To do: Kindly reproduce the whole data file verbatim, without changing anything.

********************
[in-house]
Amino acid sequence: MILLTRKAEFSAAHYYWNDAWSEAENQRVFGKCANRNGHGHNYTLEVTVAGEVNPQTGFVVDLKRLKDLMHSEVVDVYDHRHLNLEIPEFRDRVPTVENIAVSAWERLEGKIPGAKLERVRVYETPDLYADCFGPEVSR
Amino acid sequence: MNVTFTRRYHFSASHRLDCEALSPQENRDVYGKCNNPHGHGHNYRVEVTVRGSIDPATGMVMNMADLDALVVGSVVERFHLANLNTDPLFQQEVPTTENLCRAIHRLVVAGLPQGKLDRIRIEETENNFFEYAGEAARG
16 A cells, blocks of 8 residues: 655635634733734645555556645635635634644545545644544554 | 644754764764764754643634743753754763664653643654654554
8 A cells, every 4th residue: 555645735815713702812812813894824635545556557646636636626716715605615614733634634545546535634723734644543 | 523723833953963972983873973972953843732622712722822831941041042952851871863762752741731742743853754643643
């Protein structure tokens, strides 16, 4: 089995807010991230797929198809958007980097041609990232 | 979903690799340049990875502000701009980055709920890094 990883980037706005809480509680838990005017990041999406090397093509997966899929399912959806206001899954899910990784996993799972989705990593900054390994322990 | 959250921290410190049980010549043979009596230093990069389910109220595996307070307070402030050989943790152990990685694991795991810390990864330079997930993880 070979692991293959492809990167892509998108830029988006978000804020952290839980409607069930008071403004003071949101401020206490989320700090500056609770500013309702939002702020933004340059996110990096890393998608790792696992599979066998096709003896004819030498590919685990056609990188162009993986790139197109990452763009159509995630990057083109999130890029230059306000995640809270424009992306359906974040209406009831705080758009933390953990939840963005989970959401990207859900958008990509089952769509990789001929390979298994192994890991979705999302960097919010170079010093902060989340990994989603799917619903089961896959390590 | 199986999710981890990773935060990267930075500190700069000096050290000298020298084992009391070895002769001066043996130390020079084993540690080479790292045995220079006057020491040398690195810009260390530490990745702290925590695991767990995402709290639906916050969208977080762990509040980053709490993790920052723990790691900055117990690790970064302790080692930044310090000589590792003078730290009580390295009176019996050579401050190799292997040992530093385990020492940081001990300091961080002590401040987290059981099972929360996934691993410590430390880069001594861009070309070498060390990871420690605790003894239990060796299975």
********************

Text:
[in-house]
Amino acid sequence: MILLTRKAEFSAAHYYWNDAWSEAENQRVFGKCANRNGHGHNYTLEVTVAGEVNPQTGFVVDLKRLKDLMHSEVVDVYDHRHLNLEIPEFRDRVPTVENIAVSAWERLEGKIPGAKLERVRVYETPDLYADCFGPEVSR
Amino acid sequence: MNVTFTRRYHFSASHRLDCEALSPQENRDVYGKCNNPHGHGHNYRVEVTVRGSIDPATGMVMNMADLDALVVGSVVERFHLANLNTDPLFQQEVPTTENLCRAIHRLVVAGLPQGKLDRIRIEETENNFFEYAGEAARG
16 A cells, blocks of 8 residues: 655635634733734645555556645635635634644545545644544554 | 644754764764764754643634743753754763664653643654654554
8 A cells, every 4th residue: 555645735815713702812812813894824635545556557646636636626716715605615614733634634545546535634723734644543 | 523723833953963972983873973972953843732622712722822831941041042952851871863762752741731742743853754643643
């Protein structure tokens, strides 16, 4: 089995807010991230797929198809958007980097041609990232 | 979903690799340049990875502000701009980055709920890094 990883980037706005809480509680838990005017990041999406090397093509997966899929399912959806206001899954899910990784996993799972989705990593900054390994322990 | 959250921290410190049980010549043979009596230093990069389910109220595996307070307070402030050989943790152990990685694991795991810390990864330079997930993880 070979692991293959492809990167892509998108830029988006978000804020952290839980409607069930008071403004003071949101401020206490989320700090500056609770500013309702939002702020933004340059996110990096890393998608790792696992599979066998096709003896004819030498590919685990056609990188162009993986790139197109990452763009159509995630990057083109999130890029230059306000995640809270424009992306359906974040209406009831705080758009933390953990939840963005989970959401990207859900958008990509089952769509990789001929390979298994192994890991979705999302960097919010170079010093902060989340990994989603799917619903089961896959390590 | 199986999710981890990773935060990267930075500190700069000096050290000298020298084992009391070895002769001066043996130390020079084993540690080479790292045995220079006057020491040398690195810009260390530490990745702290925590695991767990995402709290639906916050969208977080762990509040980053709490993790920052723990790691900055117990690790970064302790080692930044310090000589590792003078730290009580390295009176019996050579401050190799292997040992530093385990020492940081001990300091961080002590401040987290059981099972929360996934691993410590430390880069001594861009070309070498060390990871420690605790003894239990060796299975």